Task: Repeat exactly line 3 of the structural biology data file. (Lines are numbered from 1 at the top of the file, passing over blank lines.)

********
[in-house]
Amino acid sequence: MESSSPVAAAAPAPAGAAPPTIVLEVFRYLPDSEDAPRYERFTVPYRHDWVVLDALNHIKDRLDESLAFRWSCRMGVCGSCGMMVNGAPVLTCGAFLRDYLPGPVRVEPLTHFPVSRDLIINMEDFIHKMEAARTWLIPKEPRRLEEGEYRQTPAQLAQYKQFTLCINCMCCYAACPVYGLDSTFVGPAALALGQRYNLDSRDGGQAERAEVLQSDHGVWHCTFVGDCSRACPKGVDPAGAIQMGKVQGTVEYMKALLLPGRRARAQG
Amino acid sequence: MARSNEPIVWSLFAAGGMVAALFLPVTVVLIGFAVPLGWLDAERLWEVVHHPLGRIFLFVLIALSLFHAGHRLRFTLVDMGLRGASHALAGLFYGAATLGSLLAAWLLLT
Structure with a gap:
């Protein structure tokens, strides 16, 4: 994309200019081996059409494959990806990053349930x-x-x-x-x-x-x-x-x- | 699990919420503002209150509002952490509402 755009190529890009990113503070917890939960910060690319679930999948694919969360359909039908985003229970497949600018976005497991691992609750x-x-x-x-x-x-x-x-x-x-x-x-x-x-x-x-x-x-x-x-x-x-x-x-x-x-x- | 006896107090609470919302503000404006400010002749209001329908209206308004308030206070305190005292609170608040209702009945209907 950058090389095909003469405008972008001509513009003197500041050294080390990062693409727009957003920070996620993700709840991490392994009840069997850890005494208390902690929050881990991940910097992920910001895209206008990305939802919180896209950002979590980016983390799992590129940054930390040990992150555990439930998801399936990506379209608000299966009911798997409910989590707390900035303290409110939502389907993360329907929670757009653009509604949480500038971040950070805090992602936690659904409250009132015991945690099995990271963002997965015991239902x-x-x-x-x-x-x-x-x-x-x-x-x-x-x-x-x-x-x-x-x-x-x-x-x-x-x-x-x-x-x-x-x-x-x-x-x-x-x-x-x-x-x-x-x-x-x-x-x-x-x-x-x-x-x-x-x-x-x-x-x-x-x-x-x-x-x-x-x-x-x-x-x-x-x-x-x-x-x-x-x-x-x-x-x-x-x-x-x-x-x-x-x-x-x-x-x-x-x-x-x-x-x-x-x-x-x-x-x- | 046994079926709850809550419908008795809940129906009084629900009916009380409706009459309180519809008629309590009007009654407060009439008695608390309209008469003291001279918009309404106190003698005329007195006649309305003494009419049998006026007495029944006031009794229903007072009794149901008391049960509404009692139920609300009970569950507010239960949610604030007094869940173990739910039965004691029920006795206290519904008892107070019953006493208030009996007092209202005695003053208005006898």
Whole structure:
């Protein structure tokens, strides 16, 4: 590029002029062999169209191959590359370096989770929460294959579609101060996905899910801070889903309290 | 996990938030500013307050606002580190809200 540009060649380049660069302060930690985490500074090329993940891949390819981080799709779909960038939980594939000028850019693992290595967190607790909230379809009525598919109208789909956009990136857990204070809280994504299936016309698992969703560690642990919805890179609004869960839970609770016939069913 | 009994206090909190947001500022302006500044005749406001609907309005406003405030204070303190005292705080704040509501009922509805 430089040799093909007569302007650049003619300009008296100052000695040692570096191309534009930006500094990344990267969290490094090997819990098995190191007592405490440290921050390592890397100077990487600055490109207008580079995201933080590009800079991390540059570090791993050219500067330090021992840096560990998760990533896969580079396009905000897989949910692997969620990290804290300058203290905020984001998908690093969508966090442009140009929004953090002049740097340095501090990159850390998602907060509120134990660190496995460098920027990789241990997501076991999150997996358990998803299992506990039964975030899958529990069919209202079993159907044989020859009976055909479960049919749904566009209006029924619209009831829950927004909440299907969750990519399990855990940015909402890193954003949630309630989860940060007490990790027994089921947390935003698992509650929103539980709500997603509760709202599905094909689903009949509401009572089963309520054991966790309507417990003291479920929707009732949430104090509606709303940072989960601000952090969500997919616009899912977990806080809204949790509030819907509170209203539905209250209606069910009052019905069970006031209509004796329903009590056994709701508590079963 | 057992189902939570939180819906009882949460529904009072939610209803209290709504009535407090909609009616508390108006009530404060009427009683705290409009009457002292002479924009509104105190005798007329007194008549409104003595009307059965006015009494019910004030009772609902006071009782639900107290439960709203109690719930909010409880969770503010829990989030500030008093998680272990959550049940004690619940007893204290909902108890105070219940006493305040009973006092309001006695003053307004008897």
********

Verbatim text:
Amino acid sequence: MARSNEPIVWSLFAAGGMVAALFLPVTVVLIGFAVPLGWLDAERLWEVVHHPLGRIFLFVLIALSLFHAGHRLRFTLVDMGLRGASHALAGLFYGAATLGSLLAAWLLLT